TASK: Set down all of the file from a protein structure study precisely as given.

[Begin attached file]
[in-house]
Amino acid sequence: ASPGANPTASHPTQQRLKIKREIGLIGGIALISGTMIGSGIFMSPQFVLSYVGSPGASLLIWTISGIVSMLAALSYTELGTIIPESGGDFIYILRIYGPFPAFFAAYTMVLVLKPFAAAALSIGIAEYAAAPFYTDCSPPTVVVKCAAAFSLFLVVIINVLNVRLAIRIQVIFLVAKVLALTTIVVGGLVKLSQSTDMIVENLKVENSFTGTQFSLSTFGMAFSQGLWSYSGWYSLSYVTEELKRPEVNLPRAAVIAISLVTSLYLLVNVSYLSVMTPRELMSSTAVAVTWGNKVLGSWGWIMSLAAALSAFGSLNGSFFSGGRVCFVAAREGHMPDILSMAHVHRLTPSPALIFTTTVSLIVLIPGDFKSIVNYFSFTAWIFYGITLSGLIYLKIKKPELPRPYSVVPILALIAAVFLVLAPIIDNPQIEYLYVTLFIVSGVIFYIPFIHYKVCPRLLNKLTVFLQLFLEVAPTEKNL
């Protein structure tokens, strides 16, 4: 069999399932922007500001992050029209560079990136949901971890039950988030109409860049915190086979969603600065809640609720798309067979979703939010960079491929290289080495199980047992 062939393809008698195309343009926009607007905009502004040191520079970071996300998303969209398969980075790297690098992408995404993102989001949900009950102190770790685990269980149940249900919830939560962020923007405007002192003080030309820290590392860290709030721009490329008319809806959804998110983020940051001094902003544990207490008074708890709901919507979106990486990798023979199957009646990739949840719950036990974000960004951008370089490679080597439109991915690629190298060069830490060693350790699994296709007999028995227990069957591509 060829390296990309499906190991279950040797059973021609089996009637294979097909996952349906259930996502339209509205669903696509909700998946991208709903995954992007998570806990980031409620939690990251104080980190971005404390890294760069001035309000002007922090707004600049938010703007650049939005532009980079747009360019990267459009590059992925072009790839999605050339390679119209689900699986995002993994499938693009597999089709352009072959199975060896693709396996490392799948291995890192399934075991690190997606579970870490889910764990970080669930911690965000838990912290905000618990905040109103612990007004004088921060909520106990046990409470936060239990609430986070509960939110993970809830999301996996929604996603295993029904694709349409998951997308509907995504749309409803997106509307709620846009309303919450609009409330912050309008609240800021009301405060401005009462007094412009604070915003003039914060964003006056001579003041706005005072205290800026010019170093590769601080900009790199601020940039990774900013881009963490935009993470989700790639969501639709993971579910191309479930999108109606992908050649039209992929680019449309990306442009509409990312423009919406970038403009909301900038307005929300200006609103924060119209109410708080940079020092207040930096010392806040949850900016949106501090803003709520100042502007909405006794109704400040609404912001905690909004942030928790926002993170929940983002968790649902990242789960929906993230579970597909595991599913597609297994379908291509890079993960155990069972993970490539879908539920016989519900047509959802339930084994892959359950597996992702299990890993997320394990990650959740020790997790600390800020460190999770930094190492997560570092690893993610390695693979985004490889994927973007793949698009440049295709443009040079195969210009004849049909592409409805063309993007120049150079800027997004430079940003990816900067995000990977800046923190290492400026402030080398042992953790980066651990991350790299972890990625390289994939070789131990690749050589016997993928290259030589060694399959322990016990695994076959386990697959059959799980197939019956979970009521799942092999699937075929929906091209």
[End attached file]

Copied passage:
[in-house]
Amino acid sequence: ASPGANPTASHPTQQRLKIKREIGLIGGIALISGTMIGSGIFMSPQFVLSYVGSPGASLLIWTISGIVSMLAALSYTELGTIIPESGGDFIYILRIYGPFPAFFAAYTMVLVLKPFAAAALSIGIAEYAAAPFYTDCSPPTVVVKCAAAFSLFLVVIINVLNVRLAIRIQVIFLVAKVLALTTIVVGGLVKLSQSTDMIVENLKVENSFTGTQFSLSTFGMAFSQGLWSYSGWYSLSYVTEELKRPEVNLPRAAVIAISLVTSLYLLVNVSYLSVMTPRELMSSTAVAVTWGNKVLGSWGWIMSLAAALSAFGSLNGSFFSGGRVCFVAAREGHMPDILSMAHVHRLTPSPALIFTTTVSLIVLIPGDFKSIVNYFSFTAWIFYGITLSGLIYLKIKKPELPRPYSVVPILALIAAVFLVLAPIIDNPQIEYLYVTLFIVSGVIFYIPFIHYKVCPRLLNKLTVFLQLFLEVAPTEKNL
């Protein structure tokens, strides 16, 4: 069999399932922007500001992050029209560079990136949901971890039950988030109409860049915190086979969603600065809640609720798309067979979703939010960079491929290289080495199980047992 062939393809008698195309343009926009607007905009502004040191520079970071996300998303969209398969980075790297690098992408995404993102989001949900009950102190770790685990269980149940249900919830939560962020923007405007002192003080030309820290590392860290709030721009490329008319809806959804998110983020940051001094902003544990207490008074708890709901919507979106990486990798023979199957009646990739949840719950036990974000960004951008370089490679080597439109991915690629190298060069830490060693350790699994296709007999028995227990069957591509 060829390296990309499906190991279950040797059973021609089996009637294979097909996952349906259930996502339209509205669903696509909700998946991208709903995954992007998570806990980031409620939690990251104080980190971005404390890294760069001035309000002007922090707004600049938010703007650049939005532009980079747009360019990267459009590059992925072009790839999605050339390679119209689900699986995002993994499938693009597999089709352009072959199975060896693709396996490392799948291995890192399934075991690190997606579970870490889910764990970080669930911690965000838990912290905000618990905040109103612990007004004088921060909520106990046990409470936060239990609430986070509960939110993970809830999301996996929604996603295993029904694709349409998951997308509907995504749309409803997106509307709620846009309303919450609009409330912050309008609240800021009301405060401005009462007094412009604070915003003039914060964003006056001579003041706005005072205290800026010019170093590769601080900009790199601020940039990774900013881009963490935009993470989700790639969501639709993971579910191309479930999108109606992908050649039209992929680019449309990306442009509409990312423009919406970038403009909301900038307005929300200006609103924060119209109410708080940079020092207040930096010392806040949850900016949106501090803003709520100042502007909405006794109704400040609404912001905690909004942030928790926002993170929940983002968790649902990242789960929906993230579970597909595991599913597609297994379908291509890079993960155990069972993970490539879908539920016989519900047509959802339930084994892959359950597996992702299990890993997320394990990650959740020790997790600390800020460190999770930094190492997560570092690893993610390695693979985004490889994927973007793949698009440049295709443009040079195969210009004849049909592409409805063309993007120049150079800027997004430079940003990816900067995000990977800046923190290492400026402030080398042992953790980066651990991350790299972890990625390289994939070789131990690749050589016997993928290259030589060694399959322990016990695994076959386990697959059959799980197939019956979970009521799942092999699937075929929906091209």